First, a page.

There are minor spoilers for Iron Man 2 in this article. They're really, really minor and have almost nothing to do with the actual plot. But now you've been warned.
Iron Man 2 is the third Marvel Movie Universe movie, and by now the folks at Marvel Studios are really ramping things up towards creating a shared continuity and using a good number of elements that are familiar to fans of the funnybooks. Some of the stuff that appears in Iron Man 2 will be obvious to even the most casual observer - just as it did in the first movie, Captain America's shield makes a cameo here - but others will be harder to see on a first viewing.
Luckily I've had multiple viewings and have had the opportunity to talk to the folks who made the movie. Here are some verified Easter Eggs that you'll find in Iron Man 2 as well as a couple of potential bits of cameo coolness.
How old is Nick Fury? I've spent a ridiculous amount of time trying to figure this one out and haven't come to a good conclusion yet. The reason why this is even a question resides in Marvel Comics lore; in the original comics Nick Fury fought alongside Captain America in World War II. Having been given an experimental treatment known as the Infinity Formula, Fury started aging very slowly and, during the Cold War, helped found SHIELD.
In Iron Man 2 Nick Fury tells Tony Stark that he knew Howard Stark much better than Tony ever did, as Howard was one of the founding members of SHIELD. But when was SHIELD founded? And when did Fury join? Was he a young cadet or was he also one of the founding members in the movie universe? Considering that Howard Stark died about 20 years before the events of Iron Man we can assume that SHIELD started before the 80s, and the way Fury talks in the film makes it sound like he was there when Howard sent Tony to boarding school, which would have been some time in the late 70s.
The movie is leaving the door open for Nick Fury to be ageless. We know that Fury will appear in Captain America: The First Avenger, but my sources tell me there are modern sequences that bookend the main WWII story, so it's likely that Fury will appear there. The truth about Nick Fury probably won't be revealed until The Avengers, which Samuel L Jackson has said will be 'his movie.'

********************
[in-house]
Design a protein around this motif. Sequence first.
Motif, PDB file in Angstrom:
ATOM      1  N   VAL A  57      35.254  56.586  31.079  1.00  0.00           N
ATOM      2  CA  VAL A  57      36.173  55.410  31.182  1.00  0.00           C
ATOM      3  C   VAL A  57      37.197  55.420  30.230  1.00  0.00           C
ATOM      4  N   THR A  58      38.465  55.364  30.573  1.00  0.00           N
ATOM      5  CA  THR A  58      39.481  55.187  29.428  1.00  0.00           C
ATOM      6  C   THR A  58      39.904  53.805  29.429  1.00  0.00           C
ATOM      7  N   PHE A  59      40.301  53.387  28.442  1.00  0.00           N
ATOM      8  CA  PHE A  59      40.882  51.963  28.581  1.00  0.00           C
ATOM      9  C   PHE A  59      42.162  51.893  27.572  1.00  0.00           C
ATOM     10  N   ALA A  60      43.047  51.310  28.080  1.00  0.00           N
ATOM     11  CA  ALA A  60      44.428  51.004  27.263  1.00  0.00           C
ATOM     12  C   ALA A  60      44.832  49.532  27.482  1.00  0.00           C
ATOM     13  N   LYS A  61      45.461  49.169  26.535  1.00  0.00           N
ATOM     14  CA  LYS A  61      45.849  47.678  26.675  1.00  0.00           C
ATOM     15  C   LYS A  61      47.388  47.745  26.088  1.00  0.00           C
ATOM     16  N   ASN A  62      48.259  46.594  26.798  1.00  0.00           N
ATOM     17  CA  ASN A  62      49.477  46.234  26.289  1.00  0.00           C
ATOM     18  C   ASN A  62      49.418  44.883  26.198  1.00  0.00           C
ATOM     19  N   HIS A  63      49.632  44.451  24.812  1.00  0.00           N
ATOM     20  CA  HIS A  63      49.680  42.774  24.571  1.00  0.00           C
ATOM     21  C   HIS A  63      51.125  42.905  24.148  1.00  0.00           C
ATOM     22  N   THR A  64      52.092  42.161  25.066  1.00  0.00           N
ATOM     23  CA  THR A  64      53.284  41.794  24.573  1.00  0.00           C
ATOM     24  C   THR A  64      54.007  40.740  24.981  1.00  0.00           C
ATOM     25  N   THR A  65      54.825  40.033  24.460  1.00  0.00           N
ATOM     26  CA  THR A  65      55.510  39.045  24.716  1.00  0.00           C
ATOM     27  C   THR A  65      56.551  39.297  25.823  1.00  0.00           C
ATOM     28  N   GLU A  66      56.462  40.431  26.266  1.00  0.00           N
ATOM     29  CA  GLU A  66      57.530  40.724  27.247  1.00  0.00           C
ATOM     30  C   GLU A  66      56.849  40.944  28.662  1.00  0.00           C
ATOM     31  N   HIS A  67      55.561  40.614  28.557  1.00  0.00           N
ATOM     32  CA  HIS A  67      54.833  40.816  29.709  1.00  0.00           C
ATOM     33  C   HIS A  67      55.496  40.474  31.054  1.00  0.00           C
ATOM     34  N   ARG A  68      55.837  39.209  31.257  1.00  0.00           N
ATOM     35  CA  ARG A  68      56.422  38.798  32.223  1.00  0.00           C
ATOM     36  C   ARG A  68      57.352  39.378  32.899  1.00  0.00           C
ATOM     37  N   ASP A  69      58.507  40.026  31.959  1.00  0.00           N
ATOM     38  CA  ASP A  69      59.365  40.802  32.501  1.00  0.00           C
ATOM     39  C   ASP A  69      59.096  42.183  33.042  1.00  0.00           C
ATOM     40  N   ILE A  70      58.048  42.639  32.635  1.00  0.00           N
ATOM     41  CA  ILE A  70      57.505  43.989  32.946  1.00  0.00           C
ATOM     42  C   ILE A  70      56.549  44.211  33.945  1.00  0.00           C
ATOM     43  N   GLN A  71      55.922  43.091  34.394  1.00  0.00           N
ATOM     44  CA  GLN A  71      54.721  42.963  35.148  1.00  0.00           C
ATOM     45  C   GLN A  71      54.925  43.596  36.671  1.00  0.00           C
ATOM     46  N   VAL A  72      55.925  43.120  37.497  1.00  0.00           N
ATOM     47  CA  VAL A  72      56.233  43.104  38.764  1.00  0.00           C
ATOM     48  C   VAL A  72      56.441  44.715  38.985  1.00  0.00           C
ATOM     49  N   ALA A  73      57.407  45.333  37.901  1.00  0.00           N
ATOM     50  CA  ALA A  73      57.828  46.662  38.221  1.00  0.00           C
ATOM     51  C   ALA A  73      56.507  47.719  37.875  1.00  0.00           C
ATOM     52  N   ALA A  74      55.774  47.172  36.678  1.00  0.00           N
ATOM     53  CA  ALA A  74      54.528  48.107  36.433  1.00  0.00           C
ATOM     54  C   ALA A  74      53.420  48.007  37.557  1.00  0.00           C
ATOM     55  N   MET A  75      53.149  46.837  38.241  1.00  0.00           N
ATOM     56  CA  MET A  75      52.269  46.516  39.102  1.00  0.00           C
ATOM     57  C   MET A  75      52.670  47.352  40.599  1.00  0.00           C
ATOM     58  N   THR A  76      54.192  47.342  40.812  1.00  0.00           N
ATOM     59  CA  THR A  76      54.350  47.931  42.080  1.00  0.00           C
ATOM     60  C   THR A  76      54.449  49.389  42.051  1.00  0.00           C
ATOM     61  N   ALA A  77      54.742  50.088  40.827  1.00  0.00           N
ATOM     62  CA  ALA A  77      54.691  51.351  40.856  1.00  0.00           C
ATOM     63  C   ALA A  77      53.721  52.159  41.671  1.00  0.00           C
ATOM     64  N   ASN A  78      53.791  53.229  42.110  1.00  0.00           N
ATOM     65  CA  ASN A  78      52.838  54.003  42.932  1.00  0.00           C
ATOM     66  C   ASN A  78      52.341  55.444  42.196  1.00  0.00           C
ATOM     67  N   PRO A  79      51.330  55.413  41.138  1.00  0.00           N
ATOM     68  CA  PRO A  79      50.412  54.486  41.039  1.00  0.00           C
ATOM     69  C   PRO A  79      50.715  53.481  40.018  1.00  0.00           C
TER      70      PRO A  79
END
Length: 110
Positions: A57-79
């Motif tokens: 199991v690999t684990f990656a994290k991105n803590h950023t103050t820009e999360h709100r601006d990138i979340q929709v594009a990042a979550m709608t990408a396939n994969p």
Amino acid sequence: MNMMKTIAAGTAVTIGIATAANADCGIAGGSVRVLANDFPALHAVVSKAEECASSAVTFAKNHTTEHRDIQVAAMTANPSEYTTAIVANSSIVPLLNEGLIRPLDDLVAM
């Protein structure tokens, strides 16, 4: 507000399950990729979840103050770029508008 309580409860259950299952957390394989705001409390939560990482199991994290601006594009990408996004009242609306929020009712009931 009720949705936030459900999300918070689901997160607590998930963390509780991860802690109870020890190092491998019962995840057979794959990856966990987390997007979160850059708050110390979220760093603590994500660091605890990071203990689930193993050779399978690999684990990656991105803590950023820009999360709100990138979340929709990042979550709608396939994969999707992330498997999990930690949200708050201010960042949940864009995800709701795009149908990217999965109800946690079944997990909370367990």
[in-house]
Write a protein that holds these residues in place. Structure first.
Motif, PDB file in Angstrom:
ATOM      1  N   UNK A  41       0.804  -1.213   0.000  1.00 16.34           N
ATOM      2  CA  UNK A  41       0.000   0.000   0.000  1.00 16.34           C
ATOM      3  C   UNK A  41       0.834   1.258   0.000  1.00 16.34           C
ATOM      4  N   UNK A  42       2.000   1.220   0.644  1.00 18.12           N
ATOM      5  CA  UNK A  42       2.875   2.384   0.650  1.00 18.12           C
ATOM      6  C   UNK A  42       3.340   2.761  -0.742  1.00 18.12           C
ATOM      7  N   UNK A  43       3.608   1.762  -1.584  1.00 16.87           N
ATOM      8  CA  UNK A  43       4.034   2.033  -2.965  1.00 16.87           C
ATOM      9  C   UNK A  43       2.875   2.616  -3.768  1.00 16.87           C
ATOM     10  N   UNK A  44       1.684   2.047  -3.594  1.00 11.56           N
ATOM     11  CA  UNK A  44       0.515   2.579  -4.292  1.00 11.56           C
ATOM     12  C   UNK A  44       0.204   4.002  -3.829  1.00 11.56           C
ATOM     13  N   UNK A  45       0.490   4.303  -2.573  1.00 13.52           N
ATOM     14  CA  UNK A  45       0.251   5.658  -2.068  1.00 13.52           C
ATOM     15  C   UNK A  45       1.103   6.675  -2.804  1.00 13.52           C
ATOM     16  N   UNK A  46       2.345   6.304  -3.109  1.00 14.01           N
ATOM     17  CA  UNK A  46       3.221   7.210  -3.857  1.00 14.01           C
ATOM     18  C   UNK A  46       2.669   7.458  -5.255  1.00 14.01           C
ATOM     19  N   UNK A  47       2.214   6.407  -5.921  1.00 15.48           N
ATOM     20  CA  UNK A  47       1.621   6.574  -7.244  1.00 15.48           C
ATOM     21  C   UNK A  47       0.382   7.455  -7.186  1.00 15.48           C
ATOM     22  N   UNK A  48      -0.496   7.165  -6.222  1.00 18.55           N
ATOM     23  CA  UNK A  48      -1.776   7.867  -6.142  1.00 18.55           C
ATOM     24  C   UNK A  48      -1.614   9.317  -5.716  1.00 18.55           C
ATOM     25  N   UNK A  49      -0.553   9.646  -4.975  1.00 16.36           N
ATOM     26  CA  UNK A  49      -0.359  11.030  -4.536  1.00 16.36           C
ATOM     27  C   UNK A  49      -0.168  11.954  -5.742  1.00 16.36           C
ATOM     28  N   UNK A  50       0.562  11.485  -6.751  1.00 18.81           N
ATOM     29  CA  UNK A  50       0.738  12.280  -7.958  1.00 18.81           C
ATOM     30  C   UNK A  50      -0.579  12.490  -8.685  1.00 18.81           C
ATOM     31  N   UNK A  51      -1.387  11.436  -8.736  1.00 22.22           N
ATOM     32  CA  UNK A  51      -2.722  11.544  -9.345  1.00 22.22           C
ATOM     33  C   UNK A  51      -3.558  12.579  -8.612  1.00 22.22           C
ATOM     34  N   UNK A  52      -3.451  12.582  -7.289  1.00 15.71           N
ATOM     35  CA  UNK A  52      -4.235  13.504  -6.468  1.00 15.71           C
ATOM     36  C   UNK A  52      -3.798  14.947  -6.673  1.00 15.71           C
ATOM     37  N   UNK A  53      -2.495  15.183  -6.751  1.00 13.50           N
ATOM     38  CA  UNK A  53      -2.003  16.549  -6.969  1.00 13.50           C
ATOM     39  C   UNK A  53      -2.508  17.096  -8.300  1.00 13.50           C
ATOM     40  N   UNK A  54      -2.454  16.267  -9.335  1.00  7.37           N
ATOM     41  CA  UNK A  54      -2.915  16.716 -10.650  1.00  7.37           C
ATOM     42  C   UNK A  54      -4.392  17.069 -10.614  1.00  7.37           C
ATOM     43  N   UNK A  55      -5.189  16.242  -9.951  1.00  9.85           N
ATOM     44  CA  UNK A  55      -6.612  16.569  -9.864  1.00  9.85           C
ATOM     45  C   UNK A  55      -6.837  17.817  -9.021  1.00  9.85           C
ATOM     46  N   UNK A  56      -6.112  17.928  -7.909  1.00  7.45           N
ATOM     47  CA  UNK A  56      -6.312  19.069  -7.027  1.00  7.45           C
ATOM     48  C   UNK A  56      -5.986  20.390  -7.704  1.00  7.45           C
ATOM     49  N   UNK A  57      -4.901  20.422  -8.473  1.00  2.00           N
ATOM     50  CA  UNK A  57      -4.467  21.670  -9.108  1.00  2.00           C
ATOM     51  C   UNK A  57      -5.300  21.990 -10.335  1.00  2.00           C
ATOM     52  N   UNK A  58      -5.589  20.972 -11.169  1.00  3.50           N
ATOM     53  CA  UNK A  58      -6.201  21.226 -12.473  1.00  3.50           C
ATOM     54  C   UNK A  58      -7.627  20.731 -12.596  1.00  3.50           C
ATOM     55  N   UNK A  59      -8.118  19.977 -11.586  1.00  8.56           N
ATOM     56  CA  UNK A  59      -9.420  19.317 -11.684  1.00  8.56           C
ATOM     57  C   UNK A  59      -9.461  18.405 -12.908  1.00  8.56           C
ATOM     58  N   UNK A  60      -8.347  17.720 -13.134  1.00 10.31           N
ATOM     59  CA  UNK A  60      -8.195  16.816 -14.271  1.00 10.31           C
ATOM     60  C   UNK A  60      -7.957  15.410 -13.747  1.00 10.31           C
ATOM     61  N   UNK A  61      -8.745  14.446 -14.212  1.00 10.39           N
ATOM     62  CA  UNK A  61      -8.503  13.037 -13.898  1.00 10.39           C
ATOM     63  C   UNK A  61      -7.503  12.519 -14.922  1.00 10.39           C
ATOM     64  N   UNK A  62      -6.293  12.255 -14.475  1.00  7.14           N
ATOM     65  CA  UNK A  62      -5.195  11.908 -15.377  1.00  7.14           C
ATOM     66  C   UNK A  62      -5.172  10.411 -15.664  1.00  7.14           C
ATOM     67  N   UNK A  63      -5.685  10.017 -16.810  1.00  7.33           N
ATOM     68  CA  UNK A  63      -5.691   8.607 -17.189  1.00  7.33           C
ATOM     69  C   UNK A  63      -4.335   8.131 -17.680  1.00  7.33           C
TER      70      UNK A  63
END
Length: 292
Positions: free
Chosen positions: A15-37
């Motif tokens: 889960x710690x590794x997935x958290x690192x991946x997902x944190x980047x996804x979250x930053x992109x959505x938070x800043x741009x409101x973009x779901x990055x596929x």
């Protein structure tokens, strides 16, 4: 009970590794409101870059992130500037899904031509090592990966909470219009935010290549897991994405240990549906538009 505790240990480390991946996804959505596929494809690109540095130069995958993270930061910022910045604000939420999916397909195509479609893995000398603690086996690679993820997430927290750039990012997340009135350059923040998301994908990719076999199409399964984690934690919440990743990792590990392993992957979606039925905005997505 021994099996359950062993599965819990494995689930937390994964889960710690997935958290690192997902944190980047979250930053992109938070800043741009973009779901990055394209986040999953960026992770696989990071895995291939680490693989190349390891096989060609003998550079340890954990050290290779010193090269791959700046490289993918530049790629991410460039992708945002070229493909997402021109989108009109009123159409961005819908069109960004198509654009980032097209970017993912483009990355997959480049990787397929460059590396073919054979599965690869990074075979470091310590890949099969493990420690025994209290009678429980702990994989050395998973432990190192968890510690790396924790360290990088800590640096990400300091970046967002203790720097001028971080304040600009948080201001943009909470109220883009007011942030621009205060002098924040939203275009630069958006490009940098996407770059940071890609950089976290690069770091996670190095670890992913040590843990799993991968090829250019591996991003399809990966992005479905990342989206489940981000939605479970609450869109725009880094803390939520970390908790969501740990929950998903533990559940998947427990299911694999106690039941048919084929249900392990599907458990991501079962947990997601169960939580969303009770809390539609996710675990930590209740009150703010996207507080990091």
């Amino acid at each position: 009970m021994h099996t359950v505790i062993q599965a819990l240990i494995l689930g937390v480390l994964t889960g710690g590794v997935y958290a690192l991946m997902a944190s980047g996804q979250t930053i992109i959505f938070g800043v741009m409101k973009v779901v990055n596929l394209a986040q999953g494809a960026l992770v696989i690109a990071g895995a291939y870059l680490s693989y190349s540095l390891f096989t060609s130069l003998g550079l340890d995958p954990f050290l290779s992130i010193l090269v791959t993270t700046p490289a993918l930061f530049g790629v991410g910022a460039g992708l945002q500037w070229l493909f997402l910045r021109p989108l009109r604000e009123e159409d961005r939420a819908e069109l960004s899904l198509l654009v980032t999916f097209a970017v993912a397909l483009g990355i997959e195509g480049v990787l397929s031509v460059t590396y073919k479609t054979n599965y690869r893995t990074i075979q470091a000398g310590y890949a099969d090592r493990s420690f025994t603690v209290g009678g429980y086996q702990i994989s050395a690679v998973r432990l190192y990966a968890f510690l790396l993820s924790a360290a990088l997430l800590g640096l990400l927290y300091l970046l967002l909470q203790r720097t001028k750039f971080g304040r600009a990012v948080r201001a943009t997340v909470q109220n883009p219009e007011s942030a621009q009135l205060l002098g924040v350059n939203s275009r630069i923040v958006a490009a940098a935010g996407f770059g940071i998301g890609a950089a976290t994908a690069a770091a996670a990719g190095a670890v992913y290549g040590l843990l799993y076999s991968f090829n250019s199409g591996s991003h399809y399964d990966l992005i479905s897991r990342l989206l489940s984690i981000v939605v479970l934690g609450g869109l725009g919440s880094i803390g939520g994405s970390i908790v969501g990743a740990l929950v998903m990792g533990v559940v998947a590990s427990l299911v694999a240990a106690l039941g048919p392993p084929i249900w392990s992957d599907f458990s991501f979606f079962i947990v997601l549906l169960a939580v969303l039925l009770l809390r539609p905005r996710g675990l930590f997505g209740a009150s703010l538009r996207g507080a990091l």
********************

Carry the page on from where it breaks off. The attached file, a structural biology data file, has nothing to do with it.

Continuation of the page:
The Ten Rings are in the film. You'll be forgiven for thinking that the Ten Rings - the terrorist organization from the first Iron Man, and a group related to the comic book villain The Mandarin - are absent from Iron Man 2. But according to Jon Favreau they're in the film, and they play a crucial role.
'The guy who gives [Whiplash] the Monaco ticket is from Ten Rings,' Favreau told me after the Iron Man 2 fan screening in Austin last week. That means that The Mandarin's group was working behind the scenes to help Whiplash get his revenge on Tony Stark, which means that they're possibly manipulating other elements in the story. I expect all of that will be revealed in Iron Man 3. I'd actually love a retcon where Tony learns that Howard Stark hid the new element in a park layout specifically to keep it from The Mandarin.
What's up with Antarctica? If you blink you'll miss it, but there's a map of Antarctica amongst Howard Stark's possessions in the crate that SHIELD gives Tony. What's up with that?
It's probably got nothing to do with Captain America, although you'd be forgiven for thinking it did - not only was the Star Spangled Avenger famously frozen in ice during WWII, a prototype version of his shield is in the box. But Cap was - at least in the comics - frozen near the North Pole, after falling from an exploding rocket launched somewhere near England. It's possible that the movie moves that action to South America - home of runaway Nazis - but it seems unlikely.
So what else is in Antarctica? The only thing I could come up with is The Savage Land, a lost world of lush jungles and dinosaurs located in a crater at the South Pole. While The Savage Land made its first appearance in X-Men #10, I suspect Marvel Studios holds the rights to it, as they're batting around a movie for Ka-Zar, a Tarzan-like character who lives in The Savage Land. Did Howard Stark and SHIELD discover The Savage Land at some point in the past?
It's also possible that Antarctica is the source of the Vibranium that is used in Captain America's shield. According to official Marvel Comics lore, Vibranium was first discovered in Antarctica, but there's somewhere else where the metal is found in abundance...